Amid all the financial troubles engulfing the Mets' ownership, shortstop Jose Reyes is directing his focus and energy elsewhere -- even if those financial troubles could affect the free-agent-to-be’s hopes of signing a contract extension.
“I see some stuff but right now I’m concentrating on trying to get to spring training and get ready for the season and it’s time for baseball,” Reyes said. “I know it’s tough because I know we are family, but I support them all the way and let’s see what happens. But like I said before, my concern is to play baseball.”
Reyes insisted that he is not worried about his contract and is just eager to head to spring training healthy as he helped promote Mayor Michael Bloomberg’s "WakeUp! NYC" campaign Thursday morning at Isaac Newton Middle School for Math and Science in Manhattan.
“To be honest with you, right now, I don’t think about my contract. I’m trying to help this team win a lot of ballgames and see what happens,” Reyes said. “[I’ll] try to play a full year because the last two years have kind of been tough on me to stay healthy on the field and whatever happens after happens.”
Reyes, who had an $11 million option exercised for this upcoming season, has made it clear that he would like to stay with the team that signed him as an amateur free agent in 1999.
The shortstop said the Mets have not given him an indication that they definitely would like to extend him, but he hasn’t talked about setting a hard deadline, either. If the Mets don’t extend Reyes, they could always ship him in a midseason deal, which has been a hot topic, but Reyes isn’t letting that distract him.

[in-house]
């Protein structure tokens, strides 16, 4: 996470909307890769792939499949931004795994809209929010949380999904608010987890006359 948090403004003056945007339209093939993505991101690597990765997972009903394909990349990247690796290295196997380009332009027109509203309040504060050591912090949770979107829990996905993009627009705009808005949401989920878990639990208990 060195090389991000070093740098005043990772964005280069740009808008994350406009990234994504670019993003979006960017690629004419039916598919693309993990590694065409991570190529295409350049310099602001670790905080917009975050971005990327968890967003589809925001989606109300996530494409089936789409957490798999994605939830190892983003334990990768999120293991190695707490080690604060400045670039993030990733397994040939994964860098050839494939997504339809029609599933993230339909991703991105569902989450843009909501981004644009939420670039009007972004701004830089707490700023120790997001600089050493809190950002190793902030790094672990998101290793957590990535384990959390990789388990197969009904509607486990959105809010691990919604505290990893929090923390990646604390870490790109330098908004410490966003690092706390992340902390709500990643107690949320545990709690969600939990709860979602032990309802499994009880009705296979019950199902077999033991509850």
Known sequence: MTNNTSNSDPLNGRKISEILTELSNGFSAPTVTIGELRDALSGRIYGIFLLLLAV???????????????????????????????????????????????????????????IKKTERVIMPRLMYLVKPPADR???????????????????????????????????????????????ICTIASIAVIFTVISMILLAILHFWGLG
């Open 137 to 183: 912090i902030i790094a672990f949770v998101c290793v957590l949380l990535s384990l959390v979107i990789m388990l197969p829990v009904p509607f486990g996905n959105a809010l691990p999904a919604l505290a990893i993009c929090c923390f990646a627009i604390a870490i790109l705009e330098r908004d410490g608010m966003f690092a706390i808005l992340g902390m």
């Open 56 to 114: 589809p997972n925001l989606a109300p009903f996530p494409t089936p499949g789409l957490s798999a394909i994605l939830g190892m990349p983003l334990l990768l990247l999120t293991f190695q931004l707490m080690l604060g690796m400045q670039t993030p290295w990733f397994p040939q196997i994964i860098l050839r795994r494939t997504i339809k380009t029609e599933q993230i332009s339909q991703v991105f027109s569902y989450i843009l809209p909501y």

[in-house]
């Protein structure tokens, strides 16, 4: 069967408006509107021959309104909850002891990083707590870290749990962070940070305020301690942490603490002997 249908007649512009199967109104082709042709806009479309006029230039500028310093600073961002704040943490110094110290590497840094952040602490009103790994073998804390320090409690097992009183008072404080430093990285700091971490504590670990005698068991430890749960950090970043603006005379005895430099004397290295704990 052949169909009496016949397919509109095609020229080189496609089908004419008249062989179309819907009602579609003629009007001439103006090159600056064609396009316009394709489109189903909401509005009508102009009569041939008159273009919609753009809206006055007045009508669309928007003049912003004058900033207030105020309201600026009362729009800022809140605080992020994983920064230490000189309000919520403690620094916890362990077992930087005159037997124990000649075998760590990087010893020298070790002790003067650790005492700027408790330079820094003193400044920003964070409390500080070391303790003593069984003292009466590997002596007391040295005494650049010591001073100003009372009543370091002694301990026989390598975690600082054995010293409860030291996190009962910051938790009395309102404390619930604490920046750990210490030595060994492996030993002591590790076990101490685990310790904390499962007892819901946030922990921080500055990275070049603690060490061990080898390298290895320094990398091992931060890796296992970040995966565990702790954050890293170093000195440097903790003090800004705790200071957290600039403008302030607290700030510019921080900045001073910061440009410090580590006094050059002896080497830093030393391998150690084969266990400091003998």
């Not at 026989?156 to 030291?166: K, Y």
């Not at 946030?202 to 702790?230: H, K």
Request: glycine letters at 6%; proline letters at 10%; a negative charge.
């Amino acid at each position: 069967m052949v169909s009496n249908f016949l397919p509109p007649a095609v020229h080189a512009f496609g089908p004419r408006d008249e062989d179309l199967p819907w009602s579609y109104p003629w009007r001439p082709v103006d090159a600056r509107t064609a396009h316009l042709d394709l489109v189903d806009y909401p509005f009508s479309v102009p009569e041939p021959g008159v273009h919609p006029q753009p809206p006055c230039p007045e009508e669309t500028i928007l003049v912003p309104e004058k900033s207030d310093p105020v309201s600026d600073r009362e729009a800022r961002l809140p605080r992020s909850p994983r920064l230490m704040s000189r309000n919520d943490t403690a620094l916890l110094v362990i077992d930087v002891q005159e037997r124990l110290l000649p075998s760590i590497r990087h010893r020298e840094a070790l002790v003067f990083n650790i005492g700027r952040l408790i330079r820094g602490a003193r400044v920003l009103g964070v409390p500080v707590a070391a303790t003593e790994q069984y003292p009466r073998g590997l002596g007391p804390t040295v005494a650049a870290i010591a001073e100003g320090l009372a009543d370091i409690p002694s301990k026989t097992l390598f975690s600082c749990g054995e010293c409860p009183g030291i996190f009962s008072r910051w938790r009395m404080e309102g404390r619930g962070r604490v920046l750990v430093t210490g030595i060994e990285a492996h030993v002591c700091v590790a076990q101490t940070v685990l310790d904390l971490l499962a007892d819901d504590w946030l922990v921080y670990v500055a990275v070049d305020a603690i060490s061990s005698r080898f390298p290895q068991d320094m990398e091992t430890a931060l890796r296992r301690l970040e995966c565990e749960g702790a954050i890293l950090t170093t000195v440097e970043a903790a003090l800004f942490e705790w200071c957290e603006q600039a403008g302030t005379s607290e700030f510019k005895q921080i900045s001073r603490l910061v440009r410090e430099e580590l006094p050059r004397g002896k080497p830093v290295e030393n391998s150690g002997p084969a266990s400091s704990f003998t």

“I don’t worry about anything people say about if they are going to trade me or not,” Reyes said. “My main thing is to play baseball and try to do my job and try to help this team win a lot of ballgames.”
Reyes is excited to finally head to spring training healthy after battling injuries over the past two years. Last year Reyes missed a portion of spring training and started the season on the disabled list with a thyroid problem. In 2009, leg woes plagued the shortstop for most of the season.
The 27-year-old said he improved his strength and has bulked up to 205 pounds, up from his average of 198 pounds. After focusing most on rehabbing his leg last offseason, he could focus on working his entire body. Reyes also said he feels he has recovered his trademark speed which has allowed him to lead the league in stolen bases three times.
“The last two years have kind of been rough on me, but there’s no doubt in my mind I’m going to be the same Jose Reyes that played in 2008,” Reyes said. “I’ve been working so hard this offseason so I’m not too concerned at all.”
Reyes is even optimistic that the Mets can make the playoffs despite the competition in the NL East.
"That’s the goal for our team," he said. "Everybody stay healthy, if you see our lineup we still have a very good lineup. The only piece we’re going to miss is Johan Santana and he’s probably going to be middle of the season ready. I think if we stay healthy -- me, [Carlos] Beltran, Jason Bay -- I think we can be a contender.”